Have you ever wondered if your tile roof is in need of service, or perhaps even replacement? Here are some of the things you can check:
How old is the roof?
Tile is typically marketed as a 50 year roof. Bi-annual roof inspections are always a good idea, but as the roof ages checkups become more important (just as they do for humans). Neglected, tile roof details and flashings can break down and must be replaced or regularly maintained years before the tiles themselves fail.
Roofing tiles can be manufactured from concrete, various grades of clay, ceramics and even metal. Most roof tiles are somewhat brittle, so weather, foot traffic and other factors can shorten their life. One of the primary factors that affects the lifespan of the roof is the quality of installation. Tile is one of the more difficult materials to install correctly, particularly in the valleys and around roof protrusions.
Tile roofs are more prone to moisture penetration from wind driven rain and snow than any other roofing material. The batten system and flashing, and how they were installed, is very important and one of the keys to how long your tile roof will last. The good news is, it is often possible for a skilled roof professional to repair leaks and correct other problems resulting from a poor original installation.
Broken or missing tiles
Wind, poor installation, gravity and physical damage are some of the most common causes of broken or missing tiles. If you have tree branches near your roof, consider cutting them back. Fortunately, hail damage to tile roofs in BC’s Lower Mainland is very rare.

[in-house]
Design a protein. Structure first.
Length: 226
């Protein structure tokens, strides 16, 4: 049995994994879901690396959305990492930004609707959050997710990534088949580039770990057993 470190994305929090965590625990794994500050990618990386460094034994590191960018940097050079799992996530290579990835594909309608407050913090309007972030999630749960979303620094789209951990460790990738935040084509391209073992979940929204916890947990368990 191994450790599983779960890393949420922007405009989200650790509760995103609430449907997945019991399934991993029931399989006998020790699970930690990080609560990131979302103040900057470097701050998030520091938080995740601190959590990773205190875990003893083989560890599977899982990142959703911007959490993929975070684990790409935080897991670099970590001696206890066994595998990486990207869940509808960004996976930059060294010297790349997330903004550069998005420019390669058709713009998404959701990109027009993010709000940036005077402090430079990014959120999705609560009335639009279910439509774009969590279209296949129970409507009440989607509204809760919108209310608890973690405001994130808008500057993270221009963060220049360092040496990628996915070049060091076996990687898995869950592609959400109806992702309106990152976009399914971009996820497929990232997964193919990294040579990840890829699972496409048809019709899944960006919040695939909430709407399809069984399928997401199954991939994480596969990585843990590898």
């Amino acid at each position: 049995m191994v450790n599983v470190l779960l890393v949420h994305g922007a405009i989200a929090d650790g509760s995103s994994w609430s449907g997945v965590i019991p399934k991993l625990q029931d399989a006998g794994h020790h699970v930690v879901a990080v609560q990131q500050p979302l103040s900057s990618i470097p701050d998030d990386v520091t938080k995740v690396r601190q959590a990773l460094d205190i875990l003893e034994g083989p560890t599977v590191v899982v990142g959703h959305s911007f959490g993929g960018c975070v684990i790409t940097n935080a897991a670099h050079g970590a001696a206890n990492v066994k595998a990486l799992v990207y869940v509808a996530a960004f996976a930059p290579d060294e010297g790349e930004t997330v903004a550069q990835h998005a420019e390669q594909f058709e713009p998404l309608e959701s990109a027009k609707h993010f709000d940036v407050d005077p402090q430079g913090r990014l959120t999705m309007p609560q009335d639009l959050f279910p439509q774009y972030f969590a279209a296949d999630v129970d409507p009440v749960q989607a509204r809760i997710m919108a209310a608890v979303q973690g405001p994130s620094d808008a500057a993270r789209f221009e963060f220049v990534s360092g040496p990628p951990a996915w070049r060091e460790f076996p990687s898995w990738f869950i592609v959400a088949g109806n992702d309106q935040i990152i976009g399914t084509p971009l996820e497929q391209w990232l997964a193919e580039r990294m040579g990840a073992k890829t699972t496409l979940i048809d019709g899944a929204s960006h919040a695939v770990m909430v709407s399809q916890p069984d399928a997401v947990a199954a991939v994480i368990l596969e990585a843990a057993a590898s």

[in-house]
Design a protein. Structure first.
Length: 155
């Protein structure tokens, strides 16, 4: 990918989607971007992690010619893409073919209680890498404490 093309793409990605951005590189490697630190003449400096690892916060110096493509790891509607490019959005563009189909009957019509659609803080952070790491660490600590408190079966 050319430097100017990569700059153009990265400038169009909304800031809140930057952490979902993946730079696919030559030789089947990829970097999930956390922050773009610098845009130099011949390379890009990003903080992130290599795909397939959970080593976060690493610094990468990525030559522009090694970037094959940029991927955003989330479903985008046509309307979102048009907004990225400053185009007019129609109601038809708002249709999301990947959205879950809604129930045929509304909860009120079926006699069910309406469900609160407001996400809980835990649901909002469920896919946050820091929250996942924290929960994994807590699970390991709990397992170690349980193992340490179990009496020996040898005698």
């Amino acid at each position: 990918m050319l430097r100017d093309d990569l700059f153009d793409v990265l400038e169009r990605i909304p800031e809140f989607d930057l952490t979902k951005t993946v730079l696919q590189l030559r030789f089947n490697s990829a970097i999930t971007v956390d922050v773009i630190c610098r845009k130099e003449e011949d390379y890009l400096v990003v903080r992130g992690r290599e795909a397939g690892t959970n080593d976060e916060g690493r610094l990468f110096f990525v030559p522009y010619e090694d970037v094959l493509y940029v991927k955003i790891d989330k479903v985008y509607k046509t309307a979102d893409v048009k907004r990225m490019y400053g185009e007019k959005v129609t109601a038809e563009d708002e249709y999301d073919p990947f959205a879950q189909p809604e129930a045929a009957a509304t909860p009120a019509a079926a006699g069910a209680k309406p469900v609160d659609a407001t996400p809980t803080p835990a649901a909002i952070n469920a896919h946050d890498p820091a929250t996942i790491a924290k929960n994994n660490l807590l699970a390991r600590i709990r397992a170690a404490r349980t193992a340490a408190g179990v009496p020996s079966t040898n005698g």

With a properly installed batten system, flashing details and proper walking technique, tile breakage risk due to foot traffic is minimized, but it still may be best if you inspect your roof from the ladder. Also, please note that tiles can be very slippery when wet.
If you do notice tiles that have been damaged, or have been taken by the elements, you’ll want to have the roof professionally inspected and repaired as soon as possible. With the roof’s ability to shed water compromised, damage to the wood battens, underlayment and deck can take place fairly quickly.
Slipped tiles can result from several conditions. Sometimes the tile fails, breaking away from the fastener. The nails can work themselves loose or the tiles can become dislodged from the battens during high winds. Moisture can cause the battens to decay, allowing the nails to pull out. Or the nails themselves can fail due to corrosion. If you notice that some of your tiles are responding to gravity, and no longer form a neat row, you’ll want to have the sliding tile(s) refastened or replaced.
Moss, algae and mould between the tiles
On older roofs you may discover moss or algae growing on or between the tiles. Moss can be removed and chemically treated, but as it grows, it can often increase the erosion rate, allowing potential ingress of water. Mould and algae between tiles generally indicates dampness below. If any of these conditions exist, you’ll want to have the roof checked.
Damaged or improperly installed flashing
Flashings around vents, skylights and chimneys can in time allow water to seep in. Expansion and contraction, storms and water can permit fasteners to loosen and the metal to lift. The metal in some flashings may oxidize and break down. Sealants can become brittle from UV exposure and crack. Debris can build up in critical detail locations. Flashings need to inspected periodically and repaired if they have been compromised.
Tile roofs are extremely durable when they are inspected and maintained. It’s important to handle small repairs before they become big expensive problems. Broken, slipped or missing tiles, and damaged flashings, are relatively easy to fix as they are discovered.
Regular roof inspections are recommended, so potential problems can be detected in the early stages.